Oracle argues that a reasonable jury would be compelled to find that Google infringed the SSO of its English-language documentation. Mot. at 4-5. This theory was never put to the jury, and is therefore not properly the subject of a Rule 50(b) motion. In any event, the SSO of the Java specifications is not copyrightable expression for the same reasons that the SSO of the 37 Java API packages is not copyrightable expression. See Part I.E, infra. Indeed, the English-language documentation is created automatically by a computer tool ("javadoc") from the APIs that are being documented. See RT 1168:21 - 1169:15 (Lee), RT 607:18-24, 614:1-4 (Reinhold). Because the documentation's SSO is always derived from the APIs being documented, there is no originality or creativity in the SSO of the documentation independent of the SSO of the 37 API packages. Any similarities between the Java and Android documentation are a result of both platforms using the same unprotectable names and functional organization. RT 541:21-542:10 (Screven); see also Dkt. 1202 at 40-41. Oracle therefore is not entitled to JMOL on the alleged infringement of the SSO of its Java API documentation.

Setting aside the SSO of the documentation, the jury properly found that the English-language descriptions in the Android documentation were not "virtually identical" to Oracle's Java documentation. Oracle argues that the Court should have instructed the jury to apply the "substantial similarity" test to the allegedly copied documentation. Mot. at 5. Oracle is wrong. The documentation is a factual description of underlying functionality. RT 1175:10-14 (Lee); RT 2204:1-15 (Astrachan). Protection for factual or functional works is thin. See Apple Computer, Inc. v. Microsoft Corp., 35 F.3d 1435, 1439; see also Incredible Techs., Inc. v. Virtual Techs., Inc., 400 F.3d 1007, 1013 (7th Cir. 2005) ("utilitarian explanations" of a system "are not sufficiently original or creative to merit copyright protection," or alternatively are protected "only against virtually identical copying"). The virtual identity standard is the correct one.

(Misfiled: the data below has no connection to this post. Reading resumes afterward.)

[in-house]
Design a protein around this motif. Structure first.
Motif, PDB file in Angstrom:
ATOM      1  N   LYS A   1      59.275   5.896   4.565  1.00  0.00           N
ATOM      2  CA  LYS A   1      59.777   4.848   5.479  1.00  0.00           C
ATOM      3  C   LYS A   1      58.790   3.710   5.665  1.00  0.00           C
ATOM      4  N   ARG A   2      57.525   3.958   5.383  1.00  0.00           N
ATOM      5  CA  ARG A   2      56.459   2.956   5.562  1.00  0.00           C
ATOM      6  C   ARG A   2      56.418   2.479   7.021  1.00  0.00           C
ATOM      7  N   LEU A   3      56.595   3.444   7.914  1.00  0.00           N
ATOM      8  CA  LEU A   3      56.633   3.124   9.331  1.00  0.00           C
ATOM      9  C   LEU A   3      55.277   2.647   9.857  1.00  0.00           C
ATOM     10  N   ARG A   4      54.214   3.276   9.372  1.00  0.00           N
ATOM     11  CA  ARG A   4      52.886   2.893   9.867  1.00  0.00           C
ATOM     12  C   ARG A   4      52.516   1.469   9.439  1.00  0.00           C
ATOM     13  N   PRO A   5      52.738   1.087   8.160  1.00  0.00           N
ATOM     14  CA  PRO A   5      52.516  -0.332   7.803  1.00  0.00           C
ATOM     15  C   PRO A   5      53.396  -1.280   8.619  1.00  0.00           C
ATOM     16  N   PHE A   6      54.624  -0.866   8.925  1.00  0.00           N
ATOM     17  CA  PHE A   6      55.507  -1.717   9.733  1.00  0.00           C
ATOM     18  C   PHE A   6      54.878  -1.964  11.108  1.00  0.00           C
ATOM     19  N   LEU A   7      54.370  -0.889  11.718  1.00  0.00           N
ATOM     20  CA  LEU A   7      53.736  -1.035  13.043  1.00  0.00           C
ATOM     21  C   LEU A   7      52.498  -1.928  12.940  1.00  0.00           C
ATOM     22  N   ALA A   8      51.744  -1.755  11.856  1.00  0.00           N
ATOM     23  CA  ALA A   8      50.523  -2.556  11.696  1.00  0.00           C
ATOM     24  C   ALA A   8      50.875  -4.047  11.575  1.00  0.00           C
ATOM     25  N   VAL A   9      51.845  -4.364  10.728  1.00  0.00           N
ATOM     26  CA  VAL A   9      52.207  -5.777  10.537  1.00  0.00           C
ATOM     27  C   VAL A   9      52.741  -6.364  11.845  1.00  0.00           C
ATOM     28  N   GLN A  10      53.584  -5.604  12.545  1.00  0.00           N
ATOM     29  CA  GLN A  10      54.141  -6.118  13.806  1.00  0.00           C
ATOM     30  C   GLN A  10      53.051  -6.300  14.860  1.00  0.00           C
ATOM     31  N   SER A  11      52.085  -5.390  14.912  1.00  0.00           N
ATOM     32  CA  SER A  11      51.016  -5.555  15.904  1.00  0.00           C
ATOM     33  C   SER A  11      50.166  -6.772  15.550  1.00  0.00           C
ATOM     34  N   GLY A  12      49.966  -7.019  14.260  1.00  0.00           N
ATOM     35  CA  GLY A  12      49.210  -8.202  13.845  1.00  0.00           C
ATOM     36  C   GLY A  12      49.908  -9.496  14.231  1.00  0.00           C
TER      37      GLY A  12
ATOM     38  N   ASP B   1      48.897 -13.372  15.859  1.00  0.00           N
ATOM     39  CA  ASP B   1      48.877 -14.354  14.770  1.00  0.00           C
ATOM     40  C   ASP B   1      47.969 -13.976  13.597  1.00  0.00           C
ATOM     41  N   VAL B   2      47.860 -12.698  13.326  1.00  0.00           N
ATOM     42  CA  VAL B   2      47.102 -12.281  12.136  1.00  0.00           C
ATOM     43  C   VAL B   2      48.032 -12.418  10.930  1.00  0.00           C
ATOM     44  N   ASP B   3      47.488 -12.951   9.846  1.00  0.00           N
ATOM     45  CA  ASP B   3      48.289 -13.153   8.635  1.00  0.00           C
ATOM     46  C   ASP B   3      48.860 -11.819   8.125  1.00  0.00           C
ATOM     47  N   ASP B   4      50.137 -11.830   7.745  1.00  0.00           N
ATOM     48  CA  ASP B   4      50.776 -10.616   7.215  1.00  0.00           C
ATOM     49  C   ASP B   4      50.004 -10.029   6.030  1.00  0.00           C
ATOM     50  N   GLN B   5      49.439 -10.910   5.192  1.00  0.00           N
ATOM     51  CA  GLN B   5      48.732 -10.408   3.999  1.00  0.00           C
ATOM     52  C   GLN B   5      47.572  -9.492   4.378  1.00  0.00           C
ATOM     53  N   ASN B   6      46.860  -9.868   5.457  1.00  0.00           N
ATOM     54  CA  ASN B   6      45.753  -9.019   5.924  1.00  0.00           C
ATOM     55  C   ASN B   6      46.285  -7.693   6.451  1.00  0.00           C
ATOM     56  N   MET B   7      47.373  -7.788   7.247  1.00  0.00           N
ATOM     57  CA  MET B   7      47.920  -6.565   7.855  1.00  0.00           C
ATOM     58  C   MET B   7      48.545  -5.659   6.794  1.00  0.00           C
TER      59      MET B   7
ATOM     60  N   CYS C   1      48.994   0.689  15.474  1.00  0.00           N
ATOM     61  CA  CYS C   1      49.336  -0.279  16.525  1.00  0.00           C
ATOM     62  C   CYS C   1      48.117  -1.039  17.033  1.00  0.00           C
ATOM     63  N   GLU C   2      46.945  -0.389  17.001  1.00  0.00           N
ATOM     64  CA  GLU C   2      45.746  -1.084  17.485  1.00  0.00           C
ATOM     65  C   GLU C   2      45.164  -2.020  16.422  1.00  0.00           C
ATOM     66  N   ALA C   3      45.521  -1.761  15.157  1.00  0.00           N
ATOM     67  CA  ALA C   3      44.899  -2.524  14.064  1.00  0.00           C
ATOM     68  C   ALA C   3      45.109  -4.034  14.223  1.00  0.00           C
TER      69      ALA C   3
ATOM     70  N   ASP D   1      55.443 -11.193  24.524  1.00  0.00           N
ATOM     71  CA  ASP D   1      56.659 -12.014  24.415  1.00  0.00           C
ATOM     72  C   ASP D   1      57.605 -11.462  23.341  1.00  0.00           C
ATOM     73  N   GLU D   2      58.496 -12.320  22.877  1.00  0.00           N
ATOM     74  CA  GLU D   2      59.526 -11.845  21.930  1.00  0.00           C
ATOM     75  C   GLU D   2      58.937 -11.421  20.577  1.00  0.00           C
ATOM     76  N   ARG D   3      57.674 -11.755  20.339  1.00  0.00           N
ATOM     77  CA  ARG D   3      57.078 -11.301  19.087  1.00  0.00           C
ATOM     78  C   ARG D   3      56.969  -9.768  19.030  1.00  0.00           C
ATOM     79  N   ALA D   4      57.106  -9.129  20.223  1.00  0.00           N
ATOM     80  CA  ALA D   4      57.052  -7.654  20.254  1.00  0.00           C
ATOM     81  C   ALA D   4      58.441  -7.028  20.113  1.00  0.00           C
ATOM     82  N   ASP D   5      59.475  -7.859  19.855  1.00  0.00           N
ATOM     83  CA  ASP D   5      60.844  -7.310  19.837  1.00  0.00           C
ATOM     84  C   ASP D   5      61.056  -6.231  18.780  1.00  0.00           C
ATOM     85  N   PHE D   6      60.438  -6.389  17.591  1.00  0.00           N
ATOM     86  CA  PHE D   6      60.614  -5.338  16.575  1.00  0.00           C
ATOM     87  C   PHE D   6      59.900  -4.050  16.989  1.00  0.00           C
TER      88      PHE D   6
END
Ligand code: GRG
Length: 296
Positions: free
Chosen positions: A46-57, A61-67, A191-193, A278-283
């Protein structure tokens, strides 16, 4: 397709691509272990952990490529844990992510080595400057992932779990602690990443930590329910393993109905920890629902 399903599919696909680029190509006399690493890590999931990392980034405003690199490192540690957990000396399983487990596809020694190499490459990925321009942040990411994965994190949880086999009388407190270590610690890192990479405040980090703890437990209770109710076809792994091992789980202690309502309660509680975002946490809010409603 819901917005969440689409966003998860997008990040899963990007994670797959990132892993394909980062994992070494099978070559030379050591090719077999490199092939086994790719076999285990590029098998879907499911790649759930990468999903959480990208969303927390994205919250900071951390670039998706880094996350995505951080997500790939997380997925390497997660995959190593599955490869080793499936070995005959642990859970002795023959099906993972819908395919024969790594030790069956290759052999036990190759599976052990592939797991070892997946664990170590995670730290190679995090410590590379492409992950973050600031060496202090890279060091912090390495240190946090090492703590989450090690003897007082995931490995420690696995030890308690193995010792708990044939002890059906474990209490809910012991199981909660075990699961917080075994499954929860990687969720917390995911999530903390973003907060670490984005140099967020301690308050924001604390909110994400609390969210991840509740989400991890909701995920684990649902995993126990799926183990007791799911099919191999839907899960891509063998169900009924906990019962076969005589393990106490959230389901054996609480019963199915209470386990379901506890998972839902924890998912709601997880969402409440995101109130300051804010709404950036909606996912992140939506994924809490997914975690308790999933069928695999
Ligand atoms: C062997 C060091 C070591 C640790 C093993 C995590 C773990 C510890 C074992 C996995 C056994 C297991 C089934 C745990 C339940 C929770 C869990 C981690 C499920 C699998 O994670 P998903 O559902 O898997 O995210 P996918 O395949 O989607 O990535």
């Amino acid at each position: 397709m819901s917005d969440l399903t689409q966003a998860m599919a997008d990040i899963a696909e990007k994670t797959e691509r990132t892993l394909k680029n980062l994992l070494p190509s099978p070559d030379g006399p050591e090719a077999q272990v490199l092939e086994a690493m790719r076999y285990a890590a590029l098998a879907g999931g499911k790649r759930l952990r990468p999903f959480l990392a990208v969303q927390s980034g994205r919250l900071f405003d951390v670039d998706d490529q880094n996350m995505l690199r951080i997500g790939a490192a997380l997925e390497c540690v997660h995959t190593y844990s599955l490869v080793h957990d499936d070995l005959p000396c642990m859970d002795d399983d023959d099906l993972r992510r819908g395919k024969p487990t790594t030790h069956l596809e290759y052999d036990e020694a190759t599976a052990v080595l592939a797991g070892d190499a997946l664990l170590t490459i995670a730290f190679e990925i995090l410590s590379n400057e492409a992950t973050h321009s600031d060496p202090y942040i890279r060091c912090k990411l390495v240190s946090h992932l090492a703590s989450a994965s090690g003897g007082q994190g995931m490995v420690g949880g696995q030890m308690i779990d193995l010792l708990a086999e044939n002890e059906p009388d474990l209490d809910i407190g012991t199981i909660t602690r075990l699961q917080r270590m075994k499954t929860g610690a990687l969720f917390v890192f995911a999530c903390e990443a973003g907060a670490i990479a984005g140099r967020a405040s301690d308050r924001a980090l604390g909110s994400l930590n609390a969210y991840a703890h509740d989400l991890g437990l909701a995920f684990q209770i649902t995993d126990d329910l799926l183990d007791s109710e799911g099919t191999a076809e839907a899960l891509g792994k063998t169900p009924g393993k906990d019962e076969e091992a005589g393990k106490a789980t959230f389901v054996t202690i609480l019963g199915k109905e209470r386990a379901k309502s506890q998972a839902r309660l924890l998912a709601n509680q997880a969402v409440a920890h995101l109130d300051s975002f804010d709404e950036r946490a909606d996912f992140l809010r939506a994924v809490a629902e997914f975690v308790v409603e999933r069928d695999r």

Even if substantial similarity were the correct standard and it is not a reasonable jury still could find that Android's documentation did not infringe Oracle's copyrights. At trial,

(8)

Oracle presented to the jury only three snippets of allegedly copied documentation. The three snippets were sufficiently different that a reasonable jury could easily find that they were not substantially similar, much less virtually identical. Compare TX 610.2 with TX 767; see also RT 1169:25-1170:19 (Lee) (comparing descriptions of the CipherInputStream class), 1171:3-1172:25 (comparing descriptions of the Cipher class), 1174:17-1175:9 (comparing descriptions of the Pipe class) Moreover, the exhibits from which those three snippets came included many other even more dissimilar samples of documentation, samples that Oracle does not address in its JMOL. Compare TX 610.2 with TX 767; RT 1326:10-1328:23 (Mitchell) (discussing "KeyPair" method). Even if those examples were substantially similar or virtually identical to each other as matter of law they are not they constituted only a handful of sentences, out of thousands of pages of documentation. RT 617-2:7 (Reinhold). Under these circumstances, a reasonable jury could find that Oracle failed to carry its burden of proving that the Android documentation, taken as a whole, infringed Oracle's Java documentation, as a whole.2

D. A reasonable jury could find that Google made a fair use of the SSO of the 37
Java API packages.

A reasonable jury could find that all four of the statutory fair use factors favor Google, or at least that three factors favor Google while other is neutral. Weighing these factors together, a reasonable jury could conclude that Google made a fair use of the SSO of the 37 API packages.

1. Oracle's motion is moot.

Oracle's motion should be denied as moot. The Court has ruled that the SSO of the 37 API packages is not copyrightable. Dkt. 1202. Google therefore was free to use the SSO of the 37 API packages, regardless of whether a reasonable jury could conclude that Google's use was also a fair use under the Copyright Act. Accordingly, Oracle's motion should be denied as moot.

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2. A reasonable jury could find that the purpose and character of
Google's use of the SSO of the 37 API packages favors fair use.